My experience of photographing the Ice Grizzlies of the Yukon could very easily read like one of those early childhood ‘what I did in my holidays’ essays. “I got up & then I got on a coach. I went to the airport & flew in a big plane to a place called Vancouver. I got into another, smaller plane & went to Whitehorse. It was snowy & cold. The next day I got in an even smaller plane & went to a place called Dawson City. It was a Sunday; everything was closed. I stayed in a hotel & then we got in a helicopter. Then we saw bears & a wolf. Then we came home”.
That’s pretty accurate, albeit over-simplistic. It’s quite an adventure getting to Bear Cave Mountain
, but boy is it worth it. Dawson City
is a fascinating mix of history & modern. Many old buildings date from the Gold Rush era
, in varying states of upkeep, & the trappings of modern life, but with a very Northern twist. A seasonal city that serves the tourist industry as well as still supporting commercial gold extraction. It was post-season when we were there but it was still fascinating & the people are welcoming.
The next stage of the adventure is the helicopter ride
— two hours over the starkly majestic tundra & mountains of the Northern Yukon
. Challenging & inhospitable doesn’t even start to describe it. The approach to the camp is ‘interesting’. There’s no sign of where the camp is & the pilot just took us down to river level & landed on a shingle ‘beach’. Only then could we see the camp through the trees. Settling in didn’t take long. There are only four buildings & a ‘room with a view’ – more on this later – the main cabin, three two-person sleeping cabins & a loo.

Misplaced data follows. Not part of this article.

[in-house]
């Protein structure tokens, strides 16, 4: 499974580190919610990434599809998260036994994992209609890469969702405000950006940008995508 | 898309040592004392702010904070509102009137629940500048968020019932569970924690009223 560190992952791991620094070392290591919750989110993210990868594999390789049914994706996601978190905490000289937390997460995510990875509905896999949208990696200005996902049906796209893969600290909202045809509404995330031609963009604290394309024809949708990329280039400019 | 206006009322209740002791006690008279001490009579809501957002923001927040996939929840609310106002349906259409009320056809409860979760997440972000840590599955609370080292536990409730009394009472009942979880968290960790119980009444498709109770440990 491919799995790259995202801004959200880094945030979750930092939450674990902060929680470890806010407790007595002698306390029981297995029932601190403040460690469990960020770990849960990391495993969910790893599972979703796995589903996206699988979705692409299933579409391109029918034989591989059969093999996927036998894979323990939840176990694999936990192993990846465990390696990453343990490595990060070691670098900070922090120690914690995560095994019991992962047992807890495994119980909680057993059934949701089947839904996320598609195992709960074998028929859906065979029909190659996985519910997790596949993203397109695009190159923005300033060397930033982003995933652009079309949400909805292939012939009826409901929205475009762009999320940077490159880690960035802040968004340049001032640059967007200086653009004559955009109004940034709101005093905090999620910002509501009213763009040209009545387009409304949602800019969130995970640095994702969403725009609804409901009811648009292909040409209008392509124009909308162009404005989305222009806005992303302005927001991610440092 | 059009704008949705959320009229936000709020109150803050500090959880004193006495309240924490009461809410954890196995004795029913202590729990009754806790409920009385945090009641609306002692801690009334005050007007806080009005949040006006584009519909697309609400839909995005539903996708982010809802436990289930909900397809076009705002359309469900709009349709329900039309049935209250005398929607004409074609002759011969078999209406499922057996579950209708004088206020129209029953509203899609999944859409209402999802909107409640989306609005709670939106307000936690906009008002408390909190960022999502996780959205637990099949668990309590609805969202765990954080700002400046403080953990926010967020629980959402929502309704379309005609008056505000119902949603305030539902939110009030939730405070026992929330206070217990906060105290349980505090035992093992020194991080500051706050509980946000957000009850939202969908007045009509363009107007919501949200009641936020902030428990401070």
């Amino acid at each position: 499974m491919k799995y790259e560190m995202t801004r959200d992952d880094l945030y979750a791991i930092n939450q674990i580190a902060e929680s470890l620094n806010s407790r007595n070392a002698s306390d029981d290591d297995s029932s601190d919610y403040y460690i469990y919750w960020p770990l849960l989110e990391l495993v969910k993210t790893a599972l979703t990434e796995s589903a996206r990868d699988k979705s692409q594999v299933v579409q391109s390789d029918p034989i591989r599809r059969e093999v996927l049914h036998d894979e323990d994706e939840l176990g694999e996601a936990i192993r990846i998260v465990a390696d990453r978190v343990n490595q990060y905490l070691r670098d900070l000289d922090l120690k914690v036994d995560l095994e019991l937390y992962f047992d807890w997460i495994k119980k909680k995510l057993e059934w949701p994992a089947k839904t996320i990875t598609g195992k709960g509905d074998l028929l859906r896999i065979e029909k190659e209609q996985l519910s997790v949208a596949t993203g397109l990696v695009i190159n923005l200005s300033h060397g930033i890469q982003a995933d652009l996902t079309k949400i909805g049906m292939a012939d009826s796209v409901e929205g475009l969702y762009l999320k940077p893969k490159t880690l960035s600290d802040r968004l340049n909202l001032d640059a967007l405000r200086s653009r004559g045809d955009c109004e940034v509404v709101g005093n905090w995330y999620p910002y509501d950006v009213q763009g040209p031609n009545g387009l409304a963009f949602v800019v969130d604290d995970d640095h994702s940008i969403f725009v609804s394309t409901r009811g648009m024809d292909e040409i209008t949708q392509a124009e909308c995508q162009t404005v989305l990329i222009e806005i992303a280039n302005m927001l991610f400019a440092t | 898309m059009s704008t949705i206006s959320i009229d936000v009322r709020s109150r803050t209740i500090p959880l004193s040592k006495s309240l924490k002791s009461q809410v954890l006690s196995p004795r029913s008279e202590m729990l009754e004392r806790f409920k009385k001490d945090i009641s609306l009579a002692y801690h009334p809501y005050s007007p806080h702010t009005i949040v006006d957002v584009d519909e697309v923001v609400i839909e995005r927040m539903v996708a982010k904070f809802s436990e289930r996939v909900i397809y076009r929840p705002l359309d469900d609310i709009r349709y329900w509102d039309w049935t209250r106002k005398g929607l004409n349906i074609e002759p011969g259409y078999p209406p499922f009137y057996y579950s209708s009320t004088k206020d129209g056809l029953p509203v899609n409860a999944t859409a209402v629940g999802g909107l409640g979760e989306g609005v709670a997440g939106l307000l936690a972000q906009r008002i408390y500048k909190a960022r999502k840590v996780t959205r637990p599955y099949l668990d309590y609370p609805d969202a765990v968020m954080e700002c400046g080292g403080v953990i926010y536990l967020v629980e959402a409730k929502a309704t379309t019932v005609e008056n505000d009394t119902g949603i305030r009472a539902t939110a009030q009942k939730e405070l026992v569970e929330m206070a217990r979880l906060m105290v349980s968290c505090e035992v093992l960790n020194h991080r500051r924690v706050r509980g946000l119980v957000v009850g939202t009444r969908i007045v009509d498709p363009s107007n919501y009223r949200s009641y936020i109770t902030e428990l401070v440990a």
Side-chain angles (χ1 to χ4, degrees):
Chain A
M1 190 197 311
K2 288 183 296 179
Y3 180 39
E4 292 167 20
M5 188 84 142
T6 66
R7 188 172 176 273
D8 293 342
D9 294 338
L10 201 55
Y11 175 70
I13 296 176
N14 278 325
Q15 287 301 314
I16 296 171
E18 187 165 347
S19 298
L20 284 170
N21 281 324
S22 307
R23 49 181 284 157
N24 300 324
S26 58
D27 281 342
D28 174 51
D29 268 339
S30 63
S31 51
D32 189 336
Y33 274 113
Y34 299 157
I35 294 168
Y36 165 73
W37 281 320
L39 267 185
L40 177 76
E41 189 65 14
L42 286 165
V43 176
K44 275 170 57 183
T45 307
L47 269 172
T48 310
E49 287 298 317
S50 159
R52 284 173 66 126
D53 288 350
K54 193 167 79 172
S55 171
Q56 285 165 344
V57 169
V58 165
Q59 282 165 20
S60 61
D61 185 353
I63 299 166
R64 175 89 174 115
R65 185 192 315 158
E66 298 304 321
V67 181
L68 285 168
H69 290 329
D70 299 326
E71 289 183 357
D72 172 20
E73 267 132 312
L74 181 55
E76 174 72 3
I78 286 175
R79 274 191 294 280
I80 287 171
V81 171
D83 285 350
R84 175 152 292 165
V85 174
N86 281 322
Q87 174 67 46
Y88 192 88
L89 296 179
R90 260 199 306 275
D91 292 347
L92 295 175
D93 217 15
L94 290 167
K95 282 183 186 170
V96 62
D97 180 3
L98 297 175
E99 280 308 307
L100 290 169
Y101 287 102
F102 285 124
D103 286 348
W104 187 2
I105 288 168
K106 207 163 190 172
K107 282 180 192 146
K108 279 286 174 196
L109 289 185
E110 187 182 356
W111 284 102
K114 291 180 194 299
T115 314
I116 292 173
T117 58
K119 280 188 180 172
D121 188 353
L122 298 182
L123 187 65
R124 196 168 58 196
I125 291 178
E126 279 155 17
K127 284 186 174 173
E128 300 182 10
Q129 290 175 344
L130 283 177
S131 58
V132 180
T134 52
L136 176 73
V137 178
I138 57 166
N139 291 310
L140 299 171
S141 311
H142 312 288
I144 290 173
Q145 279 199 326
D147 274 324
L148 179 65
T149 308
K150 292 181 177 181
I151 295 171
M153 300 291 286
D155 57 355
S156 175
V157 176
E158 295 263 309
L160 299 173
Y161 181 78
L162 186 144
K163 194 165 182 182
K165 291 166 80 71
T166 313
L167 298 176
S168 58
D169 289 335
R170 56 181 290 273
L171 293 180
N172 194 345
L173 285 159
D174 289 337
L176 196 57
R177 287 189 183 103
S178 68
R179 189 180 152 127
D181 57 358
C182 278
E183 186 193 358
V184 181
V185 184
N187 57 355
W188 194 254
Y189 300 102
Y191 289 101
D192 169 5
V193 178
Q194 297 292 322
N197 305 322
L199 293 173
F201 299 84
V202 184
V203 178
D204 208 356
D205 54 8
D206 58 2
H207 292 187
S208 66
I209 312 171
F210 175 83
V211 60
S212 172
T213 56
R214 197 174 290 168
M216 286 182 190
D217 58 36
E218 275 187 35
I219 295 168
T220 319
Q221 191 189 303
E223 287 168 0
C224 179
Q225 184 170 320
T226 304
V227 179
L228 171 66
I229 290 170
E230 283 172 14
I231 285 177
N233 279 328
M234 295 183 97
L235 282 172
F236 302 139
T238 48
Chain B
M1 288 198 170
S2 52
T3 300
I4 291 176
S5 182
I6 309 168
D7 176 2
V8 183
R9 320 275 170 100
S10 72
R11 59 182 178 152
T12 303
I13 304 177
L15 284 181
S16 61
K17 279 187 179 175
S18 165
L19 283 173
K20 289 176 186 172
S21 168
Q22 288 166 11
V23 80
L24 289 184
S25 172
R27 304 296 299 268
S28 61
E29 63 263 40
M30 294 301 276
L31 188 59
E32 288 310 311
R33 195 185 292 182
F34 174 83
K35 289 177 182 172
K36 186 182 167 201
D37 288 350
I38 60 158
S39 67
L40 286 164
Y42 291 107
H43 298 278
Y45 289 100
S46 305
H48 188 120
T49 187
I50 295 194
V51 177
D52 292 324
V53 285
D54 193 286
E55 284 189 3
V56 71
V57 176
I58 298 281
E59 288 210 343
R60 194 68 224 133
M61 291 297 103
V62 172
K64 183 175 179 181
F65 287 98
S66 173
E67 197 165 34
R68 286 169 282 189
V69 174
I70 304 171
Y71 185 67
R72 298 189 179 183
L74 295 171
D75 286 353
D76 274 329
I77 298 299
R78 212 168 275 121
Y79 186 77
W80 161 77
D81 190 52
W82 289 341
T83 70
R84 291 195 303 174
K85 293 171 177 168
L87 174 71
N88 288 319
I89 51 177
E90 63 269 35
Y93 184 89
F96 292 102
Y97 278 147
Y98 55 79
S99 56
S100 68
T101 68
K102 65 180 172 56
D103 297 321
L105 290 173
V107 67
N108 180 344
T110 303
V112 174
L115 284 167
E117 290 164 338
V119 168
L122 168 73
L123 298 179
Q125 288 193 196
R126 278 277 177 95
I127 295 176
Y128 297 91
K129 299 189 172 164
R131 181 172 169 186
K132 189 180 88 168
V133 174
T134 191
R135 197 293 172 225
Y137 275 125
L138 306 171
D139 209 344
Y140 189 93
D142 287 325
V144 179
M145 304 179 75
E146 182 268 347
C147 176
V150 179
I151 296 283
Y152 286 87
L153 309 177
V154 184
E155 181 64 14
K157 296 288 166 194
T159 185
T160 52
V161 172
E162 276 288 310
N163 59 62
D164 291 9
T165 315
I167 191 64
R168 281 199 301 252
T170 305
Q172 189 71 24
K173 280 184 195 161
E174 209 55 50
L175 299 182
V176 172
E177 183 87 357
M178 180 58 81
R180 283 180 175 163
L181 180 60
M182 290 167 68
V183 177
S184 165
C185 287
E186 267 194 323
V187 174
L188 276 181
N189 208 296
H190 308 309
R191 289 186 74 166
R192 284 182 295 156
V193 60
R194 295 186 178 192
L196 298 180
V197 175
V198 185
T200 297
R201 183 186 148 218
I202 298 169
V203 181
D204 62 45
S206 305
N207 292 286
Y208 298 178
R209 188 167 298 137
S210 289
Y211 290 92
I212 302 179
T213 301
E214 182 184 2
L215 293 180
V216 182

The message from the very point of arrival was that this is grizzly bear
country & everywhere was a potential viewing site
– yes, even the camp. And that, I suppose, is the key to the success of this place. Respect the grizzly bears & their environment
& they will reward you. The local guides, Phil & Ross, were quick to induct us into the required behaviour – slow, deliberate movement, no talking unless necessary, & then very quietly. The philosophy is to give the bears nothing – no encouragement, no reward, & no bad experiences
of humans. It works.